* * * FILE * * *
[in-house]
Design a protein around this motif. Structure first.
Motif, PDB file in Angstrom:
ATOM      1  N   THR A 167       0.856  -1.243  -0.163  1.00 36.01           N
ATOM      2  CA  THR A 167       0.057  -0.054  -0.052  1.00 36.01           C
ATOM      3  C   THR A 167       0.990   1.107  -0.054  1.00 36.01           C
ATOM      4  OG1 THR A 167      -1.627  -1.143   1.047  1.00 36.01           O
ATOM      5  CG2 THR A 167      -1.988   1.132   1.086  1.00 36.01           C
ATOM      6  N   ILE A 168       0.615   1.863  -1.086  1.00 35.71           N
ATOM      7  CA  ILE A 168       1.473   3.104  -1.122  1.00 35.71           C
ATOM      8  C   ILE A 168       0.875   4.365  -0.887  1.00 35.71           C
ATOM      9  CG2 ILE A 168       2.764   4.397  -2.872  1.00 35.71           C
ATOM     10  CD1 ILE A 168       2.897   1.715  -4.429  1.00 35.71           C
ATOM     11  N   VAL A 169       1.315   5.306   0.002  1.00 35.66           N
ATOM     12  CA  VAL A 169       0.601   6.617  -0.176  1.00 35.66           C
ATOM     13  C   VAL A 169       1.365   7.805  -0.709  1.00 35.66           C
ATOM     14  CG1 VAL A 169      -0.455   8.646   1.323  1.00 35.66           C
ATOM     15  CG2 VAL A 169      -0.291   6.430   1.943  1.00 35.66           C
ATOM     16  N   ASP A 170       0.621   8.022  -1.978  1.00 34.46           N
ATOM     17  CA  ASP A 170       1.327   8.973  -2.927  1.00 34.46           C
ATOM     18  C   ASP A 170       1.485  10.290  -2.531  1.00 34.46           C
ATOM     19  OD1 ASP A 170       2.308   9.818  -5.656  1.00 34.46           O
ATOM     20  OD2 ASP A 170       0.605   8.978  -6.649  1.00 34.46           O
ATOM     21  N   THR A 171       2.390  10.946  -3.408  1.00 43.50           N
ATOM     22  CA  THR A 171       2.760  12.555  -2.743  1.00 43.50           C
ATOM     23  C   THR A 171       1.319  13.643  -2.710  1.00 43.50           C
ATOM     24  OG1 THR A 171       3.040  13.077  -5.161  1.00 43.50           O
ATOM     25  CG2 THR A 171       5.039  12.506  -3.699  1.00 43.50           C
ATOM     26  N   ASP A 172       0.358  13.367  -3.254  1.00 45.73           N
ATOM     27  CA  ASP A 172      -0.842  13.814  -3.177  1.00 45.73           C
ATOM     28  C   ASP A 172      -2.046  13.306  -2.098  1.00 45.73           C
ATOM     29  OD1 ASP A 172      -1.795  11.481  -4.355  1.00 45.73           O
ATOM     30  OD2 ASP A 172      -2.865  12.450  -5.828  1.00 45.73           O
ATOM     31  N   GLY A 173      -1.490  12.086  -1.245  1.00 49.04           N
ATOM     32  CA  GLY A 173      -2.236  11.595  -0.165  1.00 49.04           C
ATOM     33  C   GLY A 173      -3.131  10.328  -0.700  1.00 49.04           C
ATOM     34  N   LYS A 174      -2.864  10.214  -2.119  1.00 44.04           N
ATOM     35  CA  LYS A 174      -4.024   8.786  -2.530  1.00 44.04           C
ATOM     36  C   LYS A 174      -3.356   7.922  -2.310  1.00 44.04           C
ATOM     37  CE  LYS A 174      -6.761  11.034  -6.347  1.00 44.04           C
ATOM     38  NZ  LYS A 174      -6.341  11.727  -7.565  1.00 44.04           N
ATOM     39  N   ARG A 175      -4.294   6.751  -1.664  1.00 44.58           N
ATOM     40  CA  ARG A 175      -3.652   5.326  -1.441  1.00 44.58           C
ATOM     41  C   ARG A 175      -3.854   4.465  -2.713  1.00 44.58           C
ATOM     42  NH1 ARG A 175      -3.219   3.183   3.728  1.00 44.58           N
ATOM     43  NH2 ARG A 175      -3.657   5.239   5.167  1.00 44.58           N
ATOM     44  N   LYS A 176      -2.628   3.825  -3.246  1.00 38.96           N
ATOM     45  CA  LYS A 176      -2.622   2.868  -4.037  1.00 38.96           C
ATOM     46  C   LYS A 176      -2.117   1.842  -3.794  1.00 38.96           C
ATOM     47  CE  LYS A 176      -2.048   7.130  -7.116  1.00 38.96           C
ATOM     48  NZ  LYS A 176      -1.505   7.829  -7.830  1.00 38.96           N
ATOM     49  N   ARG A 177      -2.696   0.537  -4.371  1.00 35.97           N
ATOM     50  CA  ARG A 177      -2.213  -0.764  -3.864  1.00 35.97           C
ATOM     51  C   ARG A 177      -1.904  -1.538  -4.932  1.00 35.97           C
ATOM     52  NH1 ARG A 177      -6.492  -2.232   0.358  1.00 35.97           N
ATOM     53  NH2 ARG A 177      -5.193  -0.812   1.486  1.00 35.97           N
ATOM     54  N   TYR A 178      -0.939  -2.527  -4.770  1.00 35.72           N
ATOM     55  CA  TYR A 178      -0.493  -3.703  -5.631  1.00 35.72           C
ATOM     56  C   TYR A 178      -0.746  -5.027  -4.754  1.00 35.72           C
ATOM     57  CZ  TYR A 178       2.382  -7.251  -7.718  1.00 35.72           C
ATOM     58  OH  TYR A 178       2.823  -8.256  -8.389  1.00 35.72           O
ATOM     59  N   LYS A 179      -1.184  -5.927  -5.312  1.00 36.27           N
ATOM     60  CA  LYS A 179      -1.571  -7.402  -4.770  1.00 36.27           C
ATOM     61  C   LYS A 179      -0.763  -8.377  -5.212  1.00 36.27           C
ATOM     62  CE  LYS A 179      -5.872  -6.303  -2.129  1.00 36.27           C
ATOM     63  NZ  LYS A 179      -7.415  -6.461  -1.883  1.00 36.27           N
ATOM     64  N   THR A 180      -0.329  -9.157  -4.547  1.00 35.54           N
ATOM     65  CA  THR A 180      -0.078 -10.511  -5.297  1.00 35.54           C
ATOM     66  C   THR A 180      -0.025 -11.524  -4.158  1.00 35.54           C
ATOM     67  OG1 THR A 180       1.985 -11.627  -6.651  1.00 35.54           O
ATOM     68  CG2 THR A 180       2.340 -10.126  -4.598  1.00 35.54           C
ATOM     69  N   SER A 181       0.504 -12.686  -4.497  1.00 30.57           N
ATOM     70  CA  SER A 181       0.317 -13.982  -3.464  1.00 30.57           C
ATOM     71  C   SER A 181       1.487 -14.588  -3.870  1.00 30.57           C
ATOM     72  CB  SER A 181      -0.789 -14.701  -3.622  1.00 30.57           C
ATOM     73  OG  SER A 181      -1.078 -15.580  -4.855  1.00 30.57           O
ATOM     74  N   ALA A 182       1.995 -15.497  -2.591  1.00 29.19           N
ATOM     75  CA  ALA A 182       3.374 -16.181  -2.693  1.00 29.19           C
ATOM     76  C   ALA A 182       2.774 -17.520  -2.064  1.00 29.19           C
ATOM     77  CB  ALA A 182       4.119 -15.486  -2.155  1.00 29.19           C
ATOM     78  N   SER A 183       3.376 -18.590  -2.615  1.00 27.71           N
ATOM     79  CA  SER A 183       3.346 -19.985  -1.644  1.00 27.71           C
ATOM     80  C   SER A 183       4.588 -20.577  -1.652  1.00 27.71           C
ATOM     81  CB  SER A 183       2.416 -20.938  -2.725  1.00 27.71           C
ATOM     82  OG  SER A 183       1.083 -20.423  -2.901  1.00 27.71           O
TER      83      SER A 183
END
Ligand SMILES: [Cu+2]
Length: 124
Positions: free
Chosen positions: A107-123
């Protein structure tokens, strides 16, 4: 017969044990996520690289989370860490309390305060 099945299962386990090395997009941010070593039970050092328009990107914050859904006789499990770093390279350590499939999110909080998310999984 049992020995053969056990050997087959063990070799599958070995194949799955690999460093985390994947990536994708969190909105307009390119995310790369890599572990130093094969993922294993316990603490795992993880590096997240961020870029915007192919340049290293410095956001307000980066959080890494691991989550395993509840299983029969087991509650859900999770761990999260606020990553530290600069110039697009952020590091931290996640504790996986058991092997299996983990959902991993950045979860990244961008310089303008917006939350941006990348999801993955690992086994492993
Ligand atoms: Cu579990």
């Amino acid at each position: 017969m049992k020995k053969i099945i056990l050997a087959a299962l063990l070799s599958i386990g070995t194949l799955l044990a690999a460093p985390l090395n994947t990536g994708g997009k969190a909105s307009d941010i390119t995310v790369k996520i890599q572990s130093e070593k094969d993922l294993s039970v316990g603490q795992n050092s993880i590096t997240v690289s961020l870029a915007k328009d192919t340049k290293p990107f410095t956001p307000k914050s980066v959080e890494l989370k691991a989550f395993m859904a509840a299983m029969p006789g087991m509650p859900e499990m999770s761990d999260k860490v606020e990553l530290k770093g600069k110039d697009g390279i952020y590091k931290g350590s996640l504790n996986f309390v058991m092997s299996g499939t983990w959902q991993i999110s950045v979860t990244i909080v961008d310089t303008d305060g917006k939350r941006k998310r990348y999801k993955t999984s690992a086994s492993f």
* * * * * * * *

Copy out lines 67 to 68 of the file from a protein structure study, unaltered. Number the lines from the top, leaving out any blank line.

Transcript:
ATOM     64  N   THR A 180      -0.329  -9.157  -4.547  1.00 35.54           N
ATOM     65  CA  THR A 180      -0.078 -10.511  -5.297  1.00 35.54           C